Primary, Secondary, and Tertiary Sources
As you conduct research, you will consult different sources of information. A professor may request that you use primary, secondary, or tertiary sources. What does that mean?
The types of information that can be considered primary sources will vary depending on the subject discipline and how you are using the material. Generally speaking a "primary" source is one that is closest to the original source material, a "secondary" source has an additional layer of interpretation between it and the original source material, and a "tertiary" source is further removed by distilling and/or collecting other primary and secondary sources. For example:
See below for further examples, or consult your subject librarian for help.
Primary sources are original materials. They are from the time period involved and have not been filtered through interpretation or evaluation. Primary sources are original materials on which other research is based. They are usually the first formal appearance of results in physical, print or electronic format. They present original thinking, report a discovery, or share new information.
Note: The definition of a primary source may vary depending upon the discipline or context.
Secondary sources are less easily defined than primary sources. Generally, they are accounts written after the fact with the benefit of hindsight. They are interpretations and evaluations of primary sources. Secondary sources are not evidence, but rather commentary on and discussion of evidence. However, what some define as a secondary source, others define as a tertiary source. Context is everything.
Note: The definition of a secondary source may vary depending upon the discipline or context.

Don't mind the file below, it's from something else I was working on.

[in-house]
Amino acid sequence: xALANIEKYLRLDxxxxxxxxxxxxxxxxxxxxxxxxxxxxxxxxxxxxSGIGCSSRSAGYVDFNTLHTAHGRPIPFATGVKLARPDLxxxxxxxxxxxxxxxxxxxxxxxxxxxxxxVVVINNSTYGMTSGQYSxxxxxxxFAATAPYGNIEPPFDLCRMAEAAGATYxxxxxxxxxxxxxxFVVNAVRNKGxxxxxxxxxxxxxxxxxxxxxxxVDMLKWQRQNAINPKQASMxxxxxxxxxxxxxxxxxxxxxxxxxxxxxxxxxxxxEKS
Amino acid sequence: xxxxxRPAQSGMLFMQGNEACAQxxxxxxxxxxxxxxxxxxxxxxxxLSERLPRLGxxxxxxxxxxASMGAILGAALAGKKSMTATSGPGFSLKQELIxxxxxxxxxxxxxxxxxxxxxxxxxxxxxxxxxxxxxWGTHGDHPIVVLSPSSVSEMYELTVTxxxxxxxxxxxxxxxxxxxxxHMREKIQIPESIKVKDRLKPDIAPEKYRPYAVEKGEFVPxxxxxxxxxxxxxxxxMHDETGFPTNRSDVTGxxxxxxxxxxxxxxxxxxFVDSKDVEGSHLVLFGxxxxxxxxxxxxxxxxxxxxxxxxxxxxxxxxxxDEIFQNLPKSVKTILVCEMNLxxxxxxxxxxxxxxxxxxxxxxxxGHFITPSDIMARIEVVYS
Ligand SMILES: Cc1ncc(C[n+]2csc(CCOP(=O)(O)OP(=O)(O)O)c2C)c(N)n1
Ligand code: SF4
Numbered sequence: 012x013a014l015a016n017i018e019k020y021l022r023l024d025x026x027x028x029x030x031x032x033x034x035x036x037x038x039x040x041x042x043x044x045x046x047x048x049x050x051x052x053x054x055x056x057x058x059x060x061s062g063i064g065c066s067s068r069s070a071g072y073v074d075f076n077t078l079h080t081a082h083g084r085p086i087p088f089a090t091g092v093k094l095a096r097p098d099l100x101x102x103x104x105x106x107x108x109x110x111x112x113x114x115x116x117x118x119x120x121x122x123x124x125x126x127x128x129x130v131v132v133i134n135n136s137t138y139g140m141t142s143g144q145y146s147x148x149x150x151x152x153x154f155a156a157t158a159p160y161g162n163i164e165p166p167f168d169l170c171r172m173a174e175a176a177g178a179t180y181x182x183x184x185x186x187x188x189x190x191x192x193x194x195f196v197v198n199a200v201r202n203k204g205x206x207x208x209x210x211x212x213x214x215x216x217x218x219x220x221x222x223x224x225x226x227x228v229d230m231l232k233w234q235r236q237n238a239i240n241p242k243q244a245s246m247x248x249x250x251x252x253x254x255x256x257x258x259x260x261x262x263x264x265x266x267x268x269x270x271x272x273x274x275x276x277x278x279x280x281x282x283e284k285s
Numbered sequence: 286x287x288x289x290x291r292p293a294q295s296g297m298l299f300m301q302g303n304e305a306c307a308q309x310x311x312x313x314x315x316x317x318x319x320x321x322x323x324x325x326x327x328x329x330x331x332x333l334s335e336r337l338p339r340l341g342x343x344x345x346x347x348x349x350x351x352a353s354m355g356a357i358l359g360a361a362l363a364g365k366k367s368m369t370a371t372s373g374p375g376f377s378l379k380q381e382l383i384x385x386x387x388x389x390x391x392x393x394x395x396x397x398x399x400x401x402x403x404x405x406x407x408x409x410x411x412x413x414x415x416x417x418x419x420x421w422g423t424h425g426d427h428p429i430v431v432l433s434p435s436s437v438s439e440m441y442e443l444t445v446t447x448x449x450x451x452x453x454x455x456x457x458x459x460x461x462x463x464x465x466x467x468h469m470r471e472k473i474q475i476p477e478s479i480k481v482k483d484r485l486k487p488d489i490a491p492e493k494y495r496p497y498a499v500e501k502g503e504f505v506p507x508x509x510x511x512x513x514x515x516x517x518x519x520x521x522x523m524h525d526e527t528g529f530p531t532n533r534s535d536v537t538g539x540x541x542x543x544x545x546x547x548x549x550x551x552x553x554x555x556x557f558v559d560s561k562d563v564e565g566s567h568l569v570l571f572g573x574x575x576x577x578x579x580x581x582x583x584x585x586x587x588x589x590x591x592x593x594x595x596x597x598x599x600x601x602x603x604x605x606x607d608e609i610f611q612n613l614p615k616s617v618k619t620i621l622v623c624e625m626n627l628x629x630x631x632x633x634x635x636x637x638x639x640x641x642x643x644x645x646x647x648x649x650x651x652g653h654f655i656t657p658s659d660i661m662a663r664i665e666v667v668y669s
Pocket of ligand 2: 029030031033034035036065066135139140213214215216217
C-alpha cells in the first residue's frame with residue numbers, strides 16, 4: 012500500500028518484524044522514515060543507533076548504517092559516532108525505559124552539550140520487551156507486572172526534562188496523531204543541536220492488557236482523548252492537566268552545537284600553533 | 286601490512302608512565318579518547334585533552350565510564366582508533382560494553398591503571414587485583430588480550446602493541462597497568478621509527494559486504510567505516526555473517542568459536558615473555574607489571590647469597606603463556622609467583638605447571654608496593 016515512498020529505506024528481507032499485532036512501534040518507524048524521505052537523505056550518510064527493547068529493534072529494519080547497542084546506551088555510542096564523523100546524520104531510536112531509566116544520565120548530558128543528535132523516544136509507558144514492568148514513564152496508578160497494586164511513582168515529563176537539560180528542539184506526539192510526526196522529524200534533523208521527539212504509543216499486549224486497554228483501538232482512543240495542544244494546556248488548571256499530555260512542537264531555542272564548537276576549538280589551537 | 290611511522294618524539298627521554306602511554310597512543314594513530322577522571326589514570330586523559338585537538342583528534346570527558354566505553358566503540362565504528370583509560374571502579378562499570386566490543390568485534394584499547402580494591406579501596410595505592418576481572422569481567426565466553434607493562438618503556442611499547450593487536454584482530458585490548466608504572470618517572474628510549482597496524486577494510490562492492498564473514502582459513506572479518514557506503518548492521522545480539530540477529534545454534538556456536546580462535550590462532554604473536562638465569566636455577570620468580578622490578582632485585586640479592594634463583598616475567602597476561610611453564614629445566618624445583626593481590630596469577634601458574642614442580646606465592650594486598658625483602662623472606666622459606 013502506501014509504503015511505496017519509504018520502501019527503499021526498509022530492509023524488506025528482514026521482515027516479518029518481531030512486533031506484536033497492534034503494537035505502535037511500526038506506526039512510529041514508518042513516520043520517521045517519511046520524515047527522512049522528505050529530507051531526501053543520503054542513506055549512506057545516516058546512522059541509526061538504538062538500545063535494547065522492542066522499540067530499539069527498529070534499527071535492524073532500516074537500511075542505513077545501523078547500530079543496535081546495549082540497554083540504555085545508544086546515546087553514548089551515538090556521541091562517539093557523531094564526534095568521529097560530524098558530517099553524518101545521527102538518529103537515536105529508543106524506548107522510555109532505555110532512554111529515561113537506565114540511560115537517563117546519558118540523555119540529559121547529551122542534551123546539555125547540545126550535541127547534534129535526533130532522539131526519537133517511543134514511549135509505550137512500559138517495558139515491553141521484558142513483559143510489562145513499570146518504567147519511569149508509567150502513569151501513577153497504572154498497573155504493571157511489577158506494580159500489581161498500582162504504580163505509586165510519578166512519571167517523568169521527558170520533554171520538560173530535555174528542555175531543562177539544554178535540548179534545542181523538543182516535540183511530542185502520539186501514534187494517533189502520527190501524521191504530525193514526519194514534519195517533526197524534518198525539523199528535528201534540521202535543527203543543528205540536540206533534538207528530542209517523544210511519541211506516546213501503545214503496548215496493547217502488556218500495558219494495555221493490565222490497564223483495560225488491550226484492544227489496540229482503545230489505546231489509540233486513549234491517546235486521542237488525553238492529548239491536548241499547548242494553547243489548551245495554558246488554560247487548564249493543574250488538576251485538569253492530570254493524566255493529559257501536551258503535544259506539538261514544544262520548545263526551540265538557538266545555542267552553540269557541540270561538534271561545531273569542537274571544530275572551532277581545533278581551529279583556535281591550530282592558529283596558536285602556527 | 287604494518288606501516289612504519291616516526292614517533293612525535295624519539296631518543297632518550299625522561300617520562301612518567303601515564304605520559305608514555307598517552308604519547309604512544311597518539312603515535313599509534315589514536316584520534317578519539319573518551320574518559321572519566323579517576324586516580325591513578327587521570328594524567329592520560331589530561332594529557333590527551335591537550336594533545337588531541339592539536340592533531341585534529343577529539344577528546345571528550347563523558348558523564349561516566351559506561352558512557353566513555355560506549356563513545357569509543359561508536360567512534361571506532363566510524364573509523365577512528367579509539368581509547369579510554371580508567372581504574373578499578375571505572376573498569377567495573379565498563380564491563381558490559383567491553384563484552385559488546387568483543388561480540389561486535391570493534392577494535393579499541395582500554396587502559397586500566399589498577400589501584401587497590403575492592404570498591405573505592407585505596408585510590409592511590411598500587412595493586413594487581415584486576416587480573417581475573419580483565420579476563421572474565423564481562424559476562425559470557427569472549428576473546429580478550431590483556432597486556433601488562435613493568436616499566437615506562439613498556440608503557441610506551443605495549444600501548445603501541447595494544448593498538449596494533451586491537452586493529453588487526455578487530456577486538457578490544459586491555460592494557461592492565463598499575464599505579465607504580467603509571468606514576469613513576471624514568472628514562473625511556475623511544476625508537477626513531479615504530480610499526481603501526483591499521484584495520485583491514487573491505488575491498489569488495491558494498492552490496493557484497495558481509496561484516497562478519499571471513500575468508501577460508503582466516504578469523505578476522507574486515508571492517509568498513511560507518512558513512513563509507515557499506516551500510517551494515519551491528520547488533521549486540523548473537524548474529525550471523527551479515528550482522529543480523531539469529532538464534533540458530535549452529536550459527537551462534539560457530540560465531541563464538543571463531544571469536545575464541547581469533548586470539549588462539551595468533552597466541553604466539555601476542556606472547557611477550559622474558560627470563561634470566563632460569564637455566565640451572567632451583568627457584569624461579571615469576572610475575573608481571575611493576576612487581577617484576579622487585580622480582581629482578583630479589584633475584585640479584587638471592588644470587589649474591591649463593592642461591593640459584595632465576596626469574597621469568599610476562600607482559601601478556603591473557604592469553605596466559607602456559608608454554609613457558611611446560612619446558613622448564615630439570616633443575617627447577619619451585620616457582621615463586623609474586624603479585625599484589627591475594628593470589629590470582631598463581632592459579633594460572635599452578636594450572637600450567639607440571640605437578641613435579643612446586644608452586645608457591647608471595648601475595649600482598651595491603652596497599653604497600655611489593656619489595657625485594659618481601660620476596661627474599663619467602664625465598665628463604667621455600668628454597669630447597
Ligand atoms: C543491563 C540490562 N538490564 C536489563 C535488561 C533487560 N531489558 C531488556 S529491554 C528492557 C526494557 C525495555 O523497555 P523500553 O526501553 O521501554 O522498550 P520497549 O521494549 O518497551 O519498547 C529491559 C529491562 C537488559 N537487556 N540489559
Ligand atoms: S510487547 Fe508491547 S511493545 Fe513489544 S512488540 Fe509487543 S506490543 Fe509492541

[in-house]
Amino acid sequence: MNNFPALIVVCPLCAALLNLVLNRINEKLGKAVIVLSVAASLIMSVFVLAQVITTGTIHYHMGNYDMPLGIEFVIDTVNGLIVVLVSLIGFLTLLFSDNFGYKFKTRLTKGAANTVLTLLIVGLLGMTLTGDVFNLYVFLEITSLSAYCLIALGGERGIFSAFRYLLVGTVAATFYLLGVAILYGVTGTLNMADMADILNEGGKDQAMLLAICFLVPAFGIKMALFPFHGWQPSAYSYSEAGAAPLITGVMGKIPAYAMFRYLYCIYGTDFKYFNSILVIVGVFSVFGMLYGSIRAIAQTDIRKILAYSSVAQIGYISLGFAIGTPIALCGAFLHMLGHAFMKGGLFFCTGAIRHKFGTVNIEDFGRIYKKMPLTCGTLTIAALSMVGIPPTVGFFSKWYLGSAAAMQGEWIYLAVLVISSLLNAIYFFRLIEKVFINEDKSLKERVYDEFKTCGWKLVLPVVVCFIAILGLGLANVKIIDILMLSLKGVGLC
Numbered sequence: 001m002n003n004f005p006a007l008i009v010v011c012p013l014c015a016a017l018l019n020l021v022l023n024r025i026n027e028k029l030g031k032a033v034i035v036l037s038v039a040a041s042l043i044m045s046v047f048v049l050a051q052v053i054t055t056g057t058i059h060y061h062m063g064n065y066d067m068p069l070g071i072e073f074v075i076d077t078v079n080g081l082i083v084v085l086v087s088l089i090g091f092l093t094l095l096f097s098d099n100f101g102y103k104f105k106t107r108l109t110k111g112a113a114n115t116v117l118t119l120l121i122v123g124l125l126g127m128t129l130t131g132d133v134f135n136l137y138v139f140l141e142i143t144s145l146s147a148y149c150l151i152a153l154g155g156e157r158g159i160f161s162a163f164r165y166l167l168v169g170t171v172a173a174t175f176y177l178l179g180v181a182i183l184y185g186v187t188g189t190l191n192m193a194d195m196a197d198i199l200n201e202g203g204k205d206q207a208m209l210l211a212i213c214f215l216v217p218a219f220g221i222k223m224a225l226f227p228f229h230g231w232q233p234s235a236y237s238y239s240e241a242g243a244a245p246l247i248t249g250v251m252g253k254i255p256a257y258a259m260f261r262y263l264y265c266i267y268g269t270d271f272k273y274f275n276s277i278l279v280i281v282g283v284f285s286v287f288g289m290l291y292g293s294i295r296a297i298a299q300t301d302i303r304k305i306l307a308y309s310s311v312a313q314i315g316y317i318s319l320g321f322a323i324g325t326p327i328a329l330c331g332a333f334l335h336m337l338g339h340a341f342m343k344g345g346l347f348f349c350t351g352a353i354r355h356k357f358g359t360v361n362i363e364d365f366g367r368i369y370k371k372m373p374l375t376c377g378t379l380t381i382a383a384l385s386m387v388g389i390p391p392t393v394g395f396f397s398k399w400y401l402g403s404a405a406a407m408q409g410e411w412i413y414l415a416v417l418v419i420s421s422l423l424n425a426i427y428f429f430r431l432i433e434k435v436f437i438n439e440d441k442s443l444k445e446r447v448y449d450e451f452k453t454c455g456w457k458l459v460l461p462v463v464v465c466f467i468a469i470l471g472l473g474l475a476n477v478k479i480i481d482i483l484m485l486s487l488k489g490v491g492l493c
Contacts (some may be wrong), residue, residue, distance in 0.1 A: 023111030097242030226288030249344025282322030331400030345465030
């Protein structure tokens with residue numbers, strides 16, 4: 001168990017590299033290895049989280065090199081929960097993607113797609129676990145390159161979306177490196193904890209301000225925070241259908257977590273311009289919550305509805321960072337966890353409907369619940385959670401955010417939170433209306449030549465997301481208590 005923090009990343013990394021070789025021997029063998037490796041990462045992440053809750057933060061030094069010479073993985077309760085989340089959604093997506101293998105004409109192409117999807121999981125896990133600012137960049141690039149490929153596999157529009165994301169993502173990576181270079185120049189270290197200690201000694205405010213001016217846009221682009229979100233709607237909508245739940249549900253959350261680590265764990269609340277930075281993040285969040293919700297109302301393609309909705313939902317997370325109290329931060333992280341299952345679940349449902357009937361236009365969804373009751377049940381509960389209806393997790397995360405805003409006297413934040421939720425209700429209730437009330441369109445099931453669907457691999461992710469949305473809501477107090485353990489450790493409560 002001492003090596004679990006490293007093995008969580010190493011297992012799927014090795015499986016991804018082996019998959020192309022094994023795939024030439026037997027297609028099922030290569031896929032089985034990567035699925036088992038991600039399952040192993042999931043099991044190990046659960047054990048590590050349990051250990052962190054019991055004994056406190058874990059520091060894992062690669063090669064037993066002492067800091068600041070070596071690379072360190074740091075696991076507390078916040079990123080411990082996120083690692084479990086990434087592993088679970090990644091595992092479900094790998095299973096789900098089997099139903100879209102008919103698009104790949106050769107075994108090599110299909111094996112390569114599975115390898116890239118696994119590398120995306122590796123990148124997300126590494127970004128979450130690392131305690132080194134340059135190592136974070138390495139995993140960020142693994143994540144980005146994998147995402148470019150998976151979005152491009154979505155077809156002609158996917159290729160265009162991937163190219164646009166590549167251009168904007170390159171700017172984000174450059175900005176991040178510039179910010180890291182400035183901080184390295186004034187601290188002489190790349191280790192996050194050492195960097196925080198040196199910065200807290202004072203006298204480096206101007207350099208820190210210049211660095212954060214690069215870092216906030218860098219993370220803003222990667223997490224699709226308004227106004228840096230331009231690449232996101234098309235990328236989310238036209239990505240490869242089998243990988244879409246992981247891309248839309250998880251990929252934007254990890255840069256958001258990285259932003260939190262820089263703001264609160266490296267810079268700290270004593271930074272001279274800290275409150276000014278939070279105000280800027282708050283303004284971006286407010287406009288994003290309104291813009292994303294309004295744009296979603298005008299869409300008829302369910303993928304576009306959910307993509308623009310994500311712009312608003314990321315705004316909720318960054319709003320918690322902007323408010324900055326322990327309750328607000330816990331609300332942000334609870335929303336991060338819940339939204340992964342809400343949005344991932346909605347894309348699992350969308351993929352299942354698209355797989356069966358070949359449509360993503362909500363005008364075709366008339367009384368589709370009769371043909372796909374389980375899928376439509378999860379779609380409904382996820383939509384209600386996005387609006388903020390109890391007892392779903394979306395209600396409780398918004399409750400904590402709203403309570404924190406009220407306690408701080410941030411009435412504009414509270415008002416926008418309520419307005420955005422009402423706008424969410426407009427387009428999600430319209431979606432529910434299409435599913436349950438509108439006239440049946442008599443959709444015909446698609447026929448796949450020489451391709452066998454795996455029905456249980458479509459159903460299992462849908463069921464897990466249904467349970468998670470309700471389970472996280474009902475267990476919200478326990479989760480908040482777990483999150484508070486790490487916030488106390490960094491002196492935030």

Tertiary sources consist of information which is a distillation and collection of primary and secondary sources.
Note: The definition of a tertiary source may vary depending upon the discipline or context.
Examples across the disciplines
|Art||Painting by Manet||Article critiquing art piece||ArtStor database|
|Chemistry/Life Sciences||Results of experiment (journal article or dataset)||Review article on a research area||Handbook of physical/chemical properties|
|Engineering/Physical Sciences||Patent||Press release about invention||Manual on using invention|
|Humanities||Letters by Martin Luther King||Web site on King's writings||Encyclopedia on Civil Rights Movement|
|Social Sciences||Notes taken by clinical psychologist||Magazine article about the psychological condition||Textbook on clinical psychology|
|Performing Arts||Movie filmed in 1942||Biography of the director||Guide to the movie|
*Special note about websites
Remember, a primary source is one that's closest to the original source material, a secondary source has an additional layer of interpretation between it and the original source, and a tertiary source distills and collects other primary and secondary sources. This can get a little confusing when you're talking about websites. Keep in mind what you're trying to study.
Suppose you're studying the civil rights movement, and you find a website that contains oral history recordings gathered at the time of the movement. What kind of source is this?
Searching WorldCat UMD
You can search WorldCat UMD to find primary, secondary and tertiary sources. Here are some sample word/s anywhere searches in WorldCat UMD:
|Primary||diaries world war|
|Secondary||biography world war|
|Tertiary||encyclopedia world war|
Need help in determining the difference between primary, secondary and tertiary sources? Speak with a library subject specialist.